Zenkichi Kikuchi emigrated from Japan to the United States early in the 20th century. A job laying track for the Northern Pacific railroad took him to eastern Washington, where he settled near Wapato. A hard-working pioneer and ingenious agricultural scientist, he made it his mission to encourage other Issei (Japanese immigrants) to come and cultivate the Yakima valley. He lived out his life there, farming and raising a family, until his death in 1965.
Over 40 years later, composer Paul Kikuchi went in search of the great grandfather he had never met. Fortunately, Zenkichi left a map: a memoir, handwritten in English, of his life in America; and a handful of vinyl records of Japanese popular music of his era. The memoir provided the inspirational seed, the recordings the root stock on which Kikuchi based his song cycle, “Bat of No Bird Island.” Four of the six songs are “re-imagined” from songs on Zenkichi’s records. In the process of “re-imagining” a song, Kikuchi begins by transcribing the melody by ear from the recording, then builds on and around it.
“Sections of the music that I really love, that I want to keep the integrity of completely, I just arranged that for my ensemble … for the instruments that I have,” Kikuchi says. “But that will flow into … something [new] that I’ve written that’s inspired by … one of the pieces.”
For Kikuchi, re-imagining these compositions is intertwined with the process of getting to know his great grandfather.
“I can read what he wrote, but I’ll never know him, I’ll never be in the same room with him,” he says. “So musically, it’s… similar to reading his memoir and [asking] ‘Who was this guy?’”
Paul Kikuchi’s music spans genres from chamber music to jazz; combining formally scored melodies, improvisation, and sounds captured from the environment. His work occupies a border zone where composers of conventional music and artists working with “found” sound seldom meet. He writes for eastern and western instruments, as well as a few new ones of his own invention. He likes to play with sound quality, performing in unusual acoustical environments such as abandoned train tunnels and a nuclear reactor cooling tower.
In “Bat of No Bird Island,” he blends contemporary western instrumentation with traditional Japanese performance technique, incorporating excerpts from the records. For “Ko Ni Mayou (Lost in the Fragrance),” the original recording of singer/composer Ichimaru is played through a walkie talkie, giving her voice the slightly scratchy quality of an old radio broadcast, imparting a sense of distance in space and time.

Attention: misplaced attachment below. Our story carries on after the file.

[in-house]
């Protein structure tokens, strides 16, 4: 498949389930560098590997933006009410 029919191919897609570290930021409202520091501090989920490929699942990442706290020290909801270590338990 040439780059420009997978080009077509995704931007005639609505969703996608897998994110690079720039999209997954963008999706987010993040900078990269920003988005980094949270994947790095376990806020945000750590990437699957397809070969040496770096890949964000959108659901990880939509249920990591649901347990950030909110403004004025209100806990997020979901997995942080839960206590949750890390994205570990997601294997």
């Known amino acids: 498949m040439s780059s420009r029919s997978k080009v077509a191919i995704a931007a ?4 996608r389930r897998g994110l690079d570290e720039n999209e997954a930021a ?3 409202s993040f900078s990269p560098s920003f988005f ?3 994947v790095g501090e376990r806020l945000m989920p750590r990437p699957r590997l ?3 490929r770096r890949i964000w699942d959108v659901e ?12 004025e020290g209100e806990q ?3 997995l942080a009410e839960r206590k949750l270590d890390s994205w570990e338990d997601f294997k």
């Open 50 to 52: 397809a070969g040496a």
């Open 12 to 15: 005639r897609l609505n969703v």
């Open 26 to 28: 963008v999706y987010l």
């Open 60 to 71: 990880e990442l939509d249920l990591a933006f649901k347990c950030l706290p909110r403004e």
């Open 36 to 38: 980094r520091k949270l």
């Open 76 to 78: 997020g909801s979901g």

“There’s a level of mystery with this project,” Kikuchi notes. “It’s me exploring this person who I’m related to but I never knew … that’s one of the things I wanted to try to translate was that sense of mystery.”
The “Bat of No Bird Island” song cycle was first performed in 2013. In late March, the recording will be released in three formats: a CD of the entire song cycle; a 10-inch vinyl disc, sort of a created artifact, of two songs from Zenkichi’s 78 rpm vinyl records and two of Paul Kikuchi’s compositions inspired by those songs; and a website containing photographs and excerpts of the memoir, connected by musical clips, that will offer deeper insight into the history of Japanese immigrants in Washington.
Kikuchi feels there is still more to learn about his great grandfather. The next phase of his research will take him to Japan, to Zenkichi’s birthplace and the sources of the music in his record collection. Those recordings from the 1930s and 40s are in a style known as enka, a form of east-west fusion that was popular in Japan and in Japanese communities in the United States. Kikuchi will seek out recordings from this period for an installation that he is creating for the Panama Hotel. Scheduled to open in November, “Songs of Nihonmachi” will revive the sounds of Seattle’s historic Japanese neighborhood prior to World War II in an interactive listening station equipped with vinyl discs and a record player. Kikuchi will also compose new music based on the historic recordings.
“It feels great to take something that’s so personal and so connected to my familial history and heritage … and then have it branch out to connect with more people in the broader community,” says Kikuchi. “It’s such a rich time in history: these Japanese coming over and living these crazy pioneer lives.”
There will be a free event celebrating the album release on March 28 from noon to 3:00 p.m. at the Jack Straw Cultural Center, 4261 Roosevelt Way NE in Seattle. Visit www.BatofNoBirdIsland.com for more information.